Lancer Legacy Ranch

Once again I have received some great information from fellow Cav Troopers located here in Texas.  Look, I know it is hard to ask for help however, it is time to push the fear of unknown aside and take your first step forward.

The mission of the Lancer Legacy Ranch empowers veterans to reclaim their lives by helping them identify obstacles to success, providing temporary housing when necessary and connecting them with medical, legal, educational, and employment resources within the community. These veterans then become instruments of service as we provide support to our community by giving food, clothing and labor to the needy.

This is where the ranch began. In the middle of a firefight in Sadr City, Iraq on April 4th, 2004. During a routine humanitarian patrol a platoon from the Lancer Battalion was ambushed by 10,000 members of a Shi’a Militia. With half their vehicles destroyed and casualties mounting, the platoon took shelter in a nearby alley. The battalion sprang into action by launching a rescue mission that would succeed but only at great cost. Seven Lancers and a tank crew member from another unit died before the fighting ended. On that day bonds were forged between men that I now call ‘brothers’.

The wars in Iraq and Afghanistan became a revolving door. Those of us who stayed in the service were often home only long enough to complete the year of unit training and refit period before going back to play in the sand box. The Lancer Battalion returned to Sadr City again by 2006 and stayed there for almost 16 months. For some, especially the veterans of the first deployment, this was just fine. Many were angry to still be alive and sought a warrior’s death to end the guilt of surviving. The year they had spent with loved ones had seemed strange. They had honed new skills and instincts in battle. But now they couldn’t turn them off.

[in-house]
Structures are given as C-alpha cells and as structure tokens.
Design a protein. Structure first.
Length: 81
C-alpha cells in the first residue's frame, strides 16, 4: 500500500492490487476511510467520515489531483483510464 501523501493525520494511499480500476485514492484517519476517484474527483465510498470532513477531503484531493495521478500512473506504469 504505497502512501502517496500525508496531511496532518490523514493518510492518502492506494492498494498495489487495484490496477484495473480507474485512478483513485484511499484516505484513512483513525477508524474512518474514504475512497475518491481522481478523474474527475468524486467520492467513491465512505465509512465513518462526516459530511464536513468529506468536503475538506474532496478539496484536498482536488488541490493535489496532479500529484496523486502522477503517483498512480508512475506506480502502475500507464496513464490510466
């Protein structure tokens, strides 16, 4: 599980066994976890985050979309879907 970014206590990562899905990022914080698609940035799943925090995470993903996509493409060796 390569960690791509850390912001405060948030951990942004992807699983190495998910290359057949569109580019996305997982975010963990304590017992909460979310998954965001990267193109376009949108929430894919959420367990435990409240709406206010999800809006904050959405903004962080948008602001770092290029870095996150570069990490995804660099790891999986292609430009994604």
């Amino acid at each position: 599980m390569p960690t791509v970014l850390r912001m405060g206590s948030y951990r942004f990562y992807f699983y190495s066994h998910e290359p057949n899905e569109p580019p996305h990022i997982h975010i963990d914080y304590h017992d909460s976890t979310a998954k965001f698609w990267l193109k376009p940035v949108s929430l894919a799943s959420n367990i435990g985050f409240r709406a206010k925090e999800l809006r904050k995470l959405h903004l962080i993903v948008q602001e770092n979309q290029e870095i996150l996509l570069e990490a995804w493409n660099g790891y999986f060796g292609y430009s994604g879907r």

As time wore on many warriors were no longer able to continue the grind, both physically and mentally. They got out, grew beards, collected guns and other things that reminded them of who they used to be. The 1st Cavalry Division erected a monument to the fallen from the 04-05 deployment. It became our touchstone, a rally point that we sought out on the anniversary of our first battle. Not many came at first. We preferred to lick our wounds alone or sought to medicate ourselves in isolation as we tried to make sense of how we came to be trapped inside ourselves, reliving our worst day over and over.

Members of Red Platoon, Charlie Company 2/5, the Lancer Battalion of 1st Cavalry Division began Lancer Legacy Ranch on Memorial Day of 2015. We were the ones who felt a keen sense of debt to the men and women of our battalion task force who had, without any regard of their own safety, rode to our rescue in the back of unarmored trucks. Our very lives were a gift and we wanted to return the favor by making a difference in the lives of other veterans. Our chief advantage was the experience of combat and PTSD that provided a baseline of trust with service members. It is often difficult for civilian counselors to bridge that gap and create a rapport. In our case, veterans who show up with those issues automatically know that we get it.

Here is their plan to help our 1st Cavalry Division Veterans: 

We can do this a few ways.  One, we can provide a place for male veterans to decompress for 1 to 2 weeks.  During that time we will feed them, provide individual peer-based counseling, group counseling, bring in professionals in their field of interest (law enforcement, vocational, medical, etc) to mentor them, offer outdoor activities (marksmanship, archery, fishing, etc) and a space for any creative endeavors they wish to pursue.
Second, we can do all of the above in a long term format.  The goal here would be to help them achieve stability in all areas of life and then send them out to be productive, self-reliant citizens.  There is no time limit for this as everyone has different needs.
If you have any that want to get into the ranching industry, we have a 500 acre cattle ranch near Waco run by a 7th Cav veteran of the Ia Drang Valley, Johnny Scott.  He will put up male or female who want to learn how run cows for profit.  The fact that he was paralyzed from the chest down in combat doesn’t slow him down a bit and gives him serious credibility with wounded warriors.  In fact, I think he would be a good candidate to come rally your troops from time to time.
Last, we have Eric Bourquin in Round Rock who will take folks out carp fishing on a weekend.  Nothing better than drowning worms to get rid of stress.  Also, Eric is an alumni of Fort Hood’s WTB who has overcome serious obstacles and has demonstrated success in transitioning from warrior to civilian.

Matt Fisk
Executive Director